This kind of life is a great way to raise your family. Do what you can where you are!
Let’s Tour Amazing Graze Farm!
(Wardee: In the captions below, you’re hearing from Marci, as she tells you what is in each picture.)
We raise grass fed beef. Here are a couple of our Jersey steers.
This is Star. Every farm needs a dog and she was the best.
Broiler chicks in the brooder.
Shetland sheep ready to be sheared.
Naked sheep after shearing.
Children and baby animals go together. Our neighbor’s son and our calves. [Wardee: That is so true!]
Our barn against an incoming storm.
Lots of green pasture.
Turkeys out on pasture in their movable pens.
(Back to Wardee) Mike and Marci, thank you for sharing with us! We hope you enjoy your free thank you video, our gift to you. Plus, feel free to display the following graphic on your site. (Right-click and save to your computer, then upload to your site and link to this farm tour post.)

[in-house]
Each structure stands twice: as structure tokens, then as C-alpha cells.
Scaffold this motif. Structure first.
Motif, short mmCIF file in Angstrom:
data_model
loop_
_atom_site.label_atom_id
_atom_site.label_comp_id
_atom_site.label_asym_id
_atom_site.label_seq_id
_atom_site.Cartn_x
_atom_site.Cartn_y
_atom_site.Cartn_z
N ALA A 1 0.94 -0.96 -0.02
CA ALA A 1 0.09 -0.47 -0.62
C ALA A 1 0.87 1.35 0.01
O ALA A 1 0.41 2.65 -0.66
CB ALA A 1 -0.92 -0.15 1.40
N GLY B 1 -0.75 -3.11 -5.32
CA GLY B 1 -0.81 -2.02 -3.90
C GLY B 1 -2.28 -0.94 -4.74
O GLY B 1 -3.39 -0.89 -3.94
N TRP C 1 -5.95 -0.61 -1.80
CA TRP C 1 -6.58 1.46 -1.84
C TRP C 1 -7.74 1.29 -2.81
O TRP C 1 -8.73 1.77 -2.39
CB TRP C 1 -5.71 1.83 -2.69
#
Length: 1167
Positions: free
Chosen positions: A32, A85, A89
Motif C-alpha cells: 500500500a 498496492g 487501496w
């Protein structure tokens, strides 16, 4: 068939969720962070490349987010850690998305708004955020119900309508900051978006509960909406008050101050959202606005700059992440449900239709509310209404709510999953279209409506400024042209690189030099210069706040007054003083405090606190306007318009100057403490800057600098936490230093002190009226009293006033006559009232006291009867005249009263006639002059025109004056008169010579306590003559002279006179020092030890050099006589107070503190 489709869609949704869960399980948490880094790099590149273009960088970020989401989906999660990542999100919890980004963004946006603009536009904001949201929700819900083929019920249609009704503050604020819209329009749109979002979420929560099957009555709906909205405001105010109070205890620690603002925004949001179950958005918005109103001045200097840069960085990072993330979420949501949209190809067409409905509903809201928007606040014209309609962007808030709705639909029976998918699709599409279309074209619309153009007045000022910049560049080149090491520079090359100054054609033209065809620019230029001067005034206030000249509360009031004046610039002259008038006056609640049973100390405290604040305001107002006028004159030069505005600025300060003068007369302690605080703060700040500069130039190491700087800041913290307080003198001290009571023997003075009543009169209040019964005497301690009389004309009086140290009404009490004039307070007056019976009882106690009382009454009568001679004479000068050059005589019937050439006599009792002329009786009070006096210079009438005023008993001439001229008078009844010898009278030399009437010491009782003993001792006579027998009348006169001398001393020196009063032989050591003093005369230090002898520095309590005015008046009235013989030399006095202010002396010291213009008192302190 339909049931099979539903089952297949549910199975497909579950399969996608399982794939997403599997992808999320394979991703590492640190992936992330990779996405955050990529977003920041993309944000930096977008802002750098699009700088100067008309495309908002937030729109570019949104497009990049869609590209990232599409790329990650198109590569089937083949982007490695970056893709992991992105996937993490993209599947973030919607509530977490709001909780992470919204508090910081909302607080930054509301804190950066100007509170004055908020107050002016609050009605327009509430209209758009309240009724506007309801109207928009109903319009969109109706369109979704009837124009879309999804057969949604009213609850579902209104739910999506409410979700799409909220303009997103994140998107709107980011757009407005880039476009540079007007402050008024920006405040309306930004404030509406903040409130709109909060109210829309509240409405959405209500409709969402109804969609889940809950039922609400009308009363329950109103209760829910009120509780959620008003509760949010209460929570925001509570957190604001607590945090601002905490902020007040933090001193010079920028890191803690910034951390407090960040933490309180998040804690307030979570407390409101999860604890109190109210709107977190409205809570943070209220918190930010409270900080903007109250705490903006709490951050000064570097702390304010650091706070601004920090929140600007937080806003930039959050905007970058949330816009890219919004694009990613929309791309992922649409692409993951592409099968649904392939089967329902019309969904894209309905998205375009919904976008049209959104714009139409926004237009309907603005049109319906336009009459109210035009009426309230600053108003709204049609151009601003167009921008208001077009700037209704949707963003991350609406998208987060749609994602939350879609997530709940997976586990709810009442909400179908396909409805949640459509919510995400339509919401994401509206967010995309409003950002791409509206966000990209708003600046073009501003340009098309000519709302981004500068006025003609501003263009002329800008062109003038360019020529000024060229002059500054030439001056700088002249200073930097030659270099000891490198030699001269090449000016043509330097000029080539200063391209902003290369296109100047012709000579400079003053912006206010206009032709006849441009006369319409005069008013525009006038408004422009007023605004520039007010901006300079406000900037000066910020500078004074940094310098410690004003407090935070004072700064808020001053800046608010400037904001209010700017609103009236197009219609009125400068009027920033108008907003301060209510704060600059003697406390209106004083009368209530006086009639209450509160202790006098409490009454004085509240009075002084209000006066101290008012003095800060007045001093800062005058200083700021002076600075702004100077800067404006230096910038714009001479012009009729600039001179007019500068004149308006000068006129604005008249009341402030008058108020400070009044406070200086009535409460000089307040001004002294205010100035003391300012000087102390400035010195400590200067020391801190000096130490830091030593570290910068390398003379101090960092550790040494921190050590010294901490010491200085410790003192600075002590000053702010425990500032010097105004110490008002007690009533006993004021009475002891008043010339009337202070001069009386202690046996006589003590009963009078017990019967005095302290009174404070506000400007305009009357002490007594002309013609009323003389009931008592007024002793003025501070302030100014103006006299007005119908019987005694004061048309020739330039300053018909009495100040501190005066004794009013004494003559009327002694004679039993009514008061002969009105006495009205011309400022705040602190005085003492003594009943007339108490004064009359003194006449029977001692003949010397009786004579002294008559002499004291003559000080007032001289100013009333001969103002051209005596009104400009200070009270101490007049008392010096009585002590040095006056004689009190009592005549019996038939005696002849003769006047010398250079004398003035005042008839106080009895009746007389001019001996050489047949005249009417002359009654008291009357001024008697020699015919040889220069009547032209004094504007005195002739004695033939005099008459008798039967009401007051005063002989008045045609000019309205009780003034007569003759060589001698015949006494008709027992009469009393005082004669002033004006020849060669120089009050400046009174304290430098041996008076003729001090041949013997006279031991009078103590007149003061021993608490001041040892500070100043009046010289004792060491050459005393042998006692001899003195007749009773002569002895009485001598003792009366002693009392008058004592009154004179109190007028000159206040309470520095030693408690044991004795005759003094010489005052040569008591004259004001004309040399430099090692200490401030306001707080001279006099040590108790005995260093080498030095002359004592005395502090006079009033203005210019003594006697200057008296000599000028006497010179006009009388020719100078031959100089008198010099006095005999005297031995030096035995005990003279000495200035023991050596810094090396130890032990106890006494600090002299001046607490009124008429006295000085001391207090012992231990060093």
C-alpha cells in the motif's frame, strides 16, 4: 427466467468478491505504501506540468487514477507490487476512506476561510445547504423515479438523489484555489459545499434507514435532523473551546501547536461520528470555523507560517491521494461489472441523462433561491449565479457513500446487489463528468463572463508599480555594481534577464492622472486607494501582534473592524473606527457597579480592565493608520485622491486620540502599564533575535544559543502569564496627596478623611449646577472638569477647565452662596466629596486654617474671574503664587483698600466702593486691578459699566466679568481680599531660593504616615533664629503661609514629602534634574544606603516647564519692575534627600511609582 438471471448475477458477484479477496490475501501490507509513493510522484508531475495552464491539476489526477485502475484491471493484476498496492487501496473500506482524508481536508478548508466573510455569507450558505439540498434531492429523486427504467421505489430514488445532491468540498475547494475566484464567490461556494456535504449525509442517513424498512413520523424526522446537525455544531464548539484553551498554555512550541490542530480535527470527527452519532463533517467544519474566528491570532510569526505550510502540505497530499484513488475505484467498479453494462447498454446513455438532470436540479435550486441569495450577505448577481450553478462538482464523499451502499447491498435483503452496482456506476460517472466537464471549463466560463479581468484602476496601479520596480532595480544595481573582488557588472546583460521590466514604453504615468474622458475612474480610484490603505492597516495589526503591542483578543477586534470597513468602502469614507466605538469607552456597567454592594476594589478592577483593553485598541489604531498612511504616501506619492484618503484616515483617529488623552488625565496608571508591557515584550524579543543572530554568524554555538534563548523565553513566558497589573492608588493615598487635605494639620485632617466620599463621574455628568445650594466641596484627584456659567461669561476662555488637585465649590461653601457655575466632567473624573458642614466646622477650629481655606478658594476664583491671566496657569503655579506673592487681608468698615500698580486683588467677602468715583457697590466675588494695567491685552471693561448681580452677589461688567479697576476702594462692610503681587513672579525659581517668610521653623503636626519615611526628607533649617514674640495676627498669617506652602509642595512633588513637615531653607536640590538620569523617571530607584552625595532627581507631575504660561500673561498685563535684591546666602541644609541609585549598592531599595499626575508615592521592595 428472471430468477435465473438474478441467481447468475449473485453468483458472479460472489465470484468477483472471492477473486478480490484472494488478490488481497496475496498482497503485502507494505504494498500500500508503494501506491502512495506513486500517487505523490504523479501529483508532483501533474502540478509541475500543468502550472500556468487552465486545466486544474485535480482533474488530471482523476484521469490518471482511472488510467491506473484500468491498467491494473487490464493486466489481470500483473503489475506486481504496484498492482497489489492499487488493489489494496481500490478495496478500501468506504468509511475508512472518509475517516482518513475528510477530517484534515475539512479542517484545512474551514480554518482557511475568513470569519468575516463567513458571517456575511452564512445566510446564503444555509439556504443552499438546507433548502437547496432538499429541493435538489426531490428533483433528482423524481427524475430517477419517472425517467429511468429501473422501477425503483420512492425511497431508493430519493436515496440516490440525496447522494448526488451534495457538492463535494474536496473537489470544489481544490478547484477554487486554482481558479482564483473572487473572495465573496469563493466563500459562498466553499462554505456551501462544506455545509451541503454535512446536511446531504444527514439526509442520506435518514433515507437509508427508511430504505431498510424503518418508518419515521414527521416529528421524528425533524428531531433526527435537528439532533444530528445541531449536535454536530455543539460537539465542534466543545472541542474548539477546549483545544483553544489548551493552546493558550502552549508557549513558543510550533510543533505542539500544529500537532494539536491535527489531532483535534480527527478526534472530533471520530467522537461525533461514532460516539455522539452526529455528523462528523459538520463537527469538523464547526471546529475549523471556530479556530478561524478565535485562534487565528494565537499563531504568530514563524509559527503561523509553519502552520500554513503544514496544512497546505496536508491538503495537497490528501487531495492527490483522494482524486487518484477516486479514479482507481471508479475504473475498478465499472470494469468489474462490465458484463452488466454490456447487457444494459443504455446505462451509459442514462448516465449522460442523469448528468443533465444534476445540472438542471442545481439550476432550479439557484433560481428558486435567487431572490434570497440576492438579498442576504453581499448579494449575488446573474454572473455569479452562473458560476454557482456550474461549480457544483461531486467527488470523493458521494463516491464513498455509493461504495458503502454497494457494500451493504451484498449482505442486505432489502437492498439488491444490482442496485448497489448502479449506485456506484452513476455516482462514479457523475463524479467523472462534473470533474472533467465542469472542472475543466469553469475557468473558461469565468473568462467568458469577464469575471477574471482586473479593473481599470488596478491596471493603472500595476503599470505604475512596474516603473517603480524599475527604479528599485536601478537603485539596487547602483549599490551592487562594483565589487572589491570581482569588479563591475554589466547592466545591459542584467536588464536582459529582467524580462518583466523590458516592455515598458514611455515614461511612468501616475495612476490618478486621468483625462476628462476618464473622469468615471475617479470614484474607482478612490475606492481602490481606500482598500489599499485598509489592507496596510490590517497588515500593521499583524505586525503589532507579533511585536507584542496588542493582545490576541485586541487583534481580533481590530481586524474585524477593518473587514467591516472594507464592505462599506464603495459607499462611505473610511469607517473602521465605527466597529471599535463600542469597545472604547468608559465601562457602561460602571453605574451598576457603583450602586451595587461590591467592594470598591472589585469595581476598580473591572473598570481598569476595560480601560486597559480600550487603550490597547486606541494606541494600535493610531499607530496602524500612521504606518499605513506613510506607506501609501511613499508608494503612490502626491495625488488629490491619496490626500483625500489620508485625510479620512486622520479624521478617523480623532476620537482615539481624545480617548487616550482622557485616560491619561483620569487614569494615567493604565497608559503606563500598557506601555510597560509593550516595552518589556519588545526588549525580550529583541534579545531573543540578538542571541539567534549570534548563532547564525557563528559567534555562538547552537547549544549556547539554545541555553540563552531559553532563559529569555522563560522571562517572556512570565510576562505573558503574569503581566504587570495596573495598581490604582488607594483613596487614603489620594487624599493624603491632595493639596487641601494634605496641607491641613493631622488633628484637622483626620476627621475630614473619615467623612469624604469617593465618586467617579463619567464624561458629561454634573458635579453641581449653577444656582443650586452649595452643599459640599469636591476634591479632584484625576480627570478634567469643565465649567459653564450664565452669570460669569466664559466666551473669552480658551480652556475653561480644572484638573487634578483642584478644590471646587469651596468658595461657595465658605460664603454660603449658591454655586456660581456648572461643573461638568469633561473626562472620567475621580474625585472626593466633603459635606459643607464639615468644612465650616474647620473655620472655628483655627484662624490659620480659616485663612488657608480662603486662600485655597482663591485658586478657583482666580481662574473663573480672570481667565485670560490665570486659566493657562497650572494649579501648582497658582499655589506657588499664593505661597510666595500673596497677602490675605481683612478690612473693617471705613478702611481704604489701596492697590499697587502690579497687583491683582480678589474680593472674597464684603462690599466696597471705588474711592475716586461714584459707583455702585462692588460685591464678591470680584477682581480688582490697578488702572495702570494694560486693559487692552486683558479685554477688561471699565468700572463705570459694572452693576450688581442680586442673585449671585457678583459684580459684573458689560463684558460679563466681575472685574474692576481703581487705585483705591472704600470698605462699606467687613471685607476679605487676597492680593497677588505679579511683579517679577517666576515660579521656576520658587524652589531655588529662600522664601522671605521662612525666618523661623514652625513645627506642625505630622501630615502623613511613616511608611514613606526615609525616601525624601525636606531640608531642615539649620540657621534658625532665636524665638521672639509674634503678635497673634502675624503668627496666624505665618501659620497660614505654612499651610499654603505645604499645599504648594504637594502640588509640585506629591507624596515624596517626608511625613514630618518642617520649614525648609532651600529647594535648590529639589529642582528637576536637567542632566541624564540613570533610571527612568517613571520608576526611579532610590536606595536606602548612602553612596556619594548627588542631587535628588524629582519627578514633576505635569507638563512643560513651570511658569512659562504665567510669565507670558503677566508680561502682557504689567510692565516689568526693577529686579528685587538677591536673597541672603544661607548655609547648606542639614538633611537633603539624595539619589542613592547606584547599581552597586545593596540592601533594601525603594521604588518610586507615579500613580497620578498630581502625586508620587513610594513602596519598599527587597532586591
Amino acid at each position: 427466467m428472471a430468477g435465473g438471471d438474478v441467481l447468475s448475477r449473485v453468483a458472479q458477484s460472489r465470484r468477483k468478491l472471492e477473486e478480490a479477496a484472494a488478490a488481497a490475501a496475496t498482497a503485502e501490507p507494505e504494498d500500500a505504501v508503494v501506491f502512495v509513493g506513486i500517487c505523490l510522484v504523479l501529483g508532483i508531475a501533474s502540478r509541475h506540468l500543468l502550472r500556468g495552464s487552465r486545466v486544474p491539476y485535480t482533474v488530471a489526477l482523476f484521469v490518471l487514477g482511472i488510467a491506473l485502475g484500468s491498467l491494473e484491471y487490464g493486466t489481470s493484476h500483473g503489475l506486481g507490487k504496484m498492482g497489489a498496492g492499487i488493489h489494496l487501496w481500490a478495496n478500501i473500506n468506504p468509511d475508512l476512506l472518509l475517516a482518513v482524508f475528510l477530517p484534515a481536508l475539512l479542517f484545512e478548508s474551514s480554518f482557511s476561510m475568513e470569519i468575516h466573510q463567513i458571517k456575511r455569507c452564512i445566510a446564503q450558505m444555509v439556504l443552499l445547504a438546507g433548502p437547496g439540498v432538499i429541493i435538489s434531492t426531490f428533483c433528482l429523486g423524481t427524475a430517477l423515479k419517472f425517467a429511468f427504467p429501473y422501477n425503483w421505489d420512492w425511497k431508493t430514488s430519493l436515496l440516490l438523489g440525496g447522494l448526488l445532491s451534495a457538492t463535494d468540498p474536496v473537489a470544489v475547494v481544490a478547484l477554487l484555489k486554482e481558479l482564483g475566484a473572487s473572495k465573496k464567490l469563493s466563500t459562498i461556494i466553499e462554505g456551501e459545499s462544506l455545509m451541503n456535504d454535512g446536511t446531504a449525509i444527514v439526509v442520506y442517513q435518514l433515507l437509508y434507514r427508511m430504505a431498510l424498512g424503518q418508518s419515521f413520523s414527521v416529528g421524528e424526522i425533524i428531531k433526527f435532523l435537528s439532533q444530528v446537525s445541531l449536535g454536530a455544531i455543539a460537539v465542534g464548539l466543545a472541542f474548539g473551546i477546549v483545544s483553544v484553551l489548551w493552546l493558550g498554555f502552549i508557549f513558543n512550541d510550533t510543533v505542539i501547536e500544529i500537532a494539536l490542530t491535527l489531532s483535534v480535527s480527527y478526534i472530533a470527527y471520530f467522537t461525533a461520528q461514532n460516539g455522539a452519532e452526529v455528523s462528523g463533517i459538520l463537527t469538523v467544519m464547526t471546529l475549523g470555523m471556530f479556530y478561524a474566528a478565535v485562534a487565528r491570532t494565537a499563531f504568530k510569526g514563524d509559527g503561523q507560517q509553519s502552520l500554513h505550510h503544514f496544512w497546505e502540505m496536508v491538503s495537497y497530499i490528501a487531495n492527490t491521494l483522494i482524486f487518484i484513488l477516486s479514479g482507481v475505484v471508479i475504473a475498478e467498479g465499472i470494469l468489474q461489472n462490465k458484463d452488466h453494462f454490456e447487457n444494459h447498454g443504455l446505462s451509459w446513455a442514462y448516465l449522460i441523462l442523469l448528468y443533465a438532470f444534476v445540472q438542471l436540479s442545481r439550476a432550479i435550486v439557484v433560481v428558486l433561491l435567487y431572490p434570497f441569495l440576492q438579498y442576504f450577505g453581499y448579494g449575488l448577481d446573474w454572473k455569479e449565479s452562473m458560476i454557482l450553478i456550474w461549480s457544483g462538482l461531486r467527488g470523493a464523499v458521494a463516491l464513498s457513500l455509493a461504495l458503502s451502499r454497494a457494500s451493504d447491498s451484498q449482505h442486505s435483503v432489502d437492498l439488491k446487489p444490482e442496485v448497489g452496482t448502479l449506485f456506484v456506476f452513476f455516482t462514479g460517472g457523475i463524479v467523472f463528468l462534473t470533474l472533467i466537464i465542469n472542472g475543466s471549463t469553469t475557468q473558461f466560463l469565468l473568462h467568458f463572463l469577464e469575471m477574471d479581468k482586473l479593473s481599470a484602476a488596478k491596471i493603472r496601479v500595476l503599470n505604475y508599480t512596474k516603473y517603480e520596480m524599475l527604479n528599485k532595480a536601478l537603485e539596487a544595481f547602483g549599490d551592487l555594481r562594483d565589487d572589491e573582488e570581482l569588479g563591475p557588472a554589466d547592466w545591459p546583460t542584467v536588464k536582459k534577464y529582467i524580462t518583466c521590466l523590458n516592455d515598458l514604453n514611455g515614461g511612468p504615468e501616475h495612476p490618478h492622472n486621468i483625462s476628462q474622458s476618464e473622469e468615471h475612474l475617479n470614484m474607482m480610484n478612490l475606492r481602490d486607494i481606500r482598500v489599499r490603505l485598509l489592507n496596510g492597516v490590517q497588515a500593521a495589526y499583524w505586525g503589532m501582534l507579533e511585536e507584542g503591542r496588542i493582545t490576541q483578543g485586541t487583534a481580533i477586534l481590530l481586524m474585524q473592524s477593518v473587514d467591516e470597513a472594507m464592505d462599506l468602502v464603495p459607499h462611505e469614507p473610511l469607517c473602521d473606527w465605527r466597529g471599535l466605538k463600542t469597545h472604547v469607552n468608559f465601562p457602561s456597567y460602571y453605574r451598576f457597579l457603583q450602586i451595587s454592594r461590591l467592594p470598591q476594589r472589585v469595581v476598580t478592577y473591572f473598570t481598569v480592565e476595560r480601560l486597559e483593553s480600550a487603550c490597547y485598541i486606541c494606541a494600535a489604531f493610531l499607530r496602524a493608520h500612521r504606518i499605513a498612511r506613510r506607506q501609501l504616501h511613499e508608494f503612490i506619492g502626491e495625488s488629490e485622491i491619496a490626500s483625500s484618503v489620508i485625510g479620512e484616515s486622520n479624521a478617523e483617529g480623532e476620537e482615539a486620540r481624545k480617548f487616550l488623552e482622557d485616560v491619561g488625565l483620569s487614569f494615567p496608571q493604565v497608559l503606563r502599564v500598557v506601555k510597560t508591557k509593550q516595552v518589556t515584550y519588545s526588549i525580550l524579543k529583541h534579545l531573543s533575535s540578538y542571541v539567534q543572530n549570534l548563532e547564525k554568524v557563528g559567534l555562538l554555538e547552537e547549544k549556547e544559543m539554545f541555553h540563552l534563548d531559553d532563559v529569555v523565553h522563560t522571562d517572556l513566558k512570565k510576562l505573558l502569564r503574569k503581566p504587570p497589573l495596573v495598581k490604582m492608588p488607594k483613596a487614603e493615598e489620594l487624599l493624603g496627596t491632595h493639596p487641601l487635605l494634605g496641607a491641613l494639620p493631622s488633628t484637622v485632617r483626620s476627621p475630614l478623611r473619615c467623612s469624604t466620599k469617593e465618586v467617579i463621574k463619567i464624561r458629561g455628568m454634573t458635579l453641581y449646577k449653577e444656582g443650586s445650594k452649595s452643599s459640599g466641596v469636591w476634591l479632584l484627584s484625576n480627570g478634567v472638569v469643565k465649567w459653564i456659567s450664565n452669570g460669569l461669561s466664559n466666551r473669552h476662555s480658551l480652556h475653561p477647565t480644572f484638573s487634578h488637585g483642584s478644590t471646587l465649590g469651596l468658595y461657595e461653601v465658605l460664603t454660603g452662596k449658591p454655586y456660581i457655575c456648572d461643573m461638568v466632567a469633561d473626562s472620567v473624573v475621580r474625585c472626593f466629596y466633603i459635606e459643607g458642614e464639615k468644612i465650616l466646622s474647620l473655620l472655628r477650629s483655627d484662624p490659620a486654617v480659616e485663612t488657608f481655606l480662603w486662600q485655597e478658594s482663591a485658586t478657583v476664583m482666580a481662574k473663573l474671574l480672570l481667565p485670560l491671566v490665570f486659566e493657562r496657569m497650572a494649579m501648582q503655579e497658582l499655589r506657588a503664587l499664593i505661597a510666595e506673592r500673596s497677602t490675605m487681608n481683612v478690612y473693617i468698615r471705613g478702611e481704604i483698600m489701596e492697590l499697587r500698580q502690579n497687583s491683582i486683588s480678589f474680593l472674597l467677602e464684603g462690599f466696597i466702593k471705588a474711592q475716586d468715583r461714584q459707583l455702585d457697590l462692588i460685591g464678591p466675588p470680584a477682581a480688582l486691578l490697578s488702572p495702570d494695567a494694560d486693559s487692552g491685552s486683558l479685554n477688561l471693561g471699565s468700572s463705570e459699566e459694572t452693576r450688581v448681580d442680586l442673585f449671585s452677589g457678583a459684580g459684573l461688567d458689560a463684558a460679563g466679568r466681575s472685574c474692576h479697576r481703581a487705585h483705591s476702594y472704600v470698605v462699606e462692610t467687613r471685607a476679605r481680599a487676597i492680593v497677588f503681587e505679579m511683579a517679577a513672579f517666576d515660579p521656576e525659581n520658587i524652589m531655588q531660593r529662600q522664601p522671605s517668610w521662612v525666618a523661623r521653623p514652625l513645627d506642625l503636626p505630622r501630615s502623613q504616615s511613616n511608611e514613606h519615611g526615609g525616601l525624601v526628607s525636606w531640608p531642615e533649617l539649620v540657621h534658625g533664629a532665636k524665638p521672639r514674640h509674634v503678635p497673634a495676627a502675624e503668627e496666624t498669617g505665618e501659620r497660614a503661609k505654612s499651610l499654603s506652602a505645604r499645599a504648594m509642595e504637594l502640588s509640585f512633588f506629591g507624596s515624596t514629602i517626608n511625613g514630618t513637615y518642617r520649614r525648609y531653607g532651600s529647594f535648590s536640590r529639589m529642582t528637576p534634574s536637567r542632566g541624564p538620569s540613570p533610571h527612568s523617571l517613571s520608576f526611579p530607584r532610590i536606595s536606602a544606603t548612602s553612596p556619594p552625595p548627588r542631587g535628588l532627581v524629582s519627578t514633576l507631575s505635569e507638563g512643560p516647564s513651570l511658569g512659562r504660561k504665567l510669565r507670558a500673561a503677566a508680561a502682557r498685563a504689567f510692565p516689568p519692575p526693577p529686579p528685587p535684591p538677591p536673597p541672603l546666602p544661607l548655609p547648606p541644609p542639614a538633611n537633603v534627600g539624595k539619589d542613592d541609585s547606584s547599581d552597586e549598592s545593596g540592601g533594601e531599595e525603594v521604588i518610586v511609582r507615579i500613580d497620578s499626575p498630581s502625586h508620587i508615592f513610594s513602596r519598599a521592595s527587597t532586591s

Would you like to be featured?
Are you a homesteader or farmer at any level? You don’t have to live in the country, you don’t have to be doing everything.
Being on the journey is the only qualification. We want to see what you’re doing, no matter how big or small.
Click here for submission guidelines for the Down Home Farm Tours series. We’re excited to hear from you!
If you’re selected, we will share your farm/homestead pictures and stories in a dedicated blog post, plus you can add the featured graphic to your blog or website. And, we’ll give you a free thank you video of your choice!
Please give Mike and Marci a warm welcome in the comments! They sure do a lot with their property, don’t they? Be sure to visit their website, too.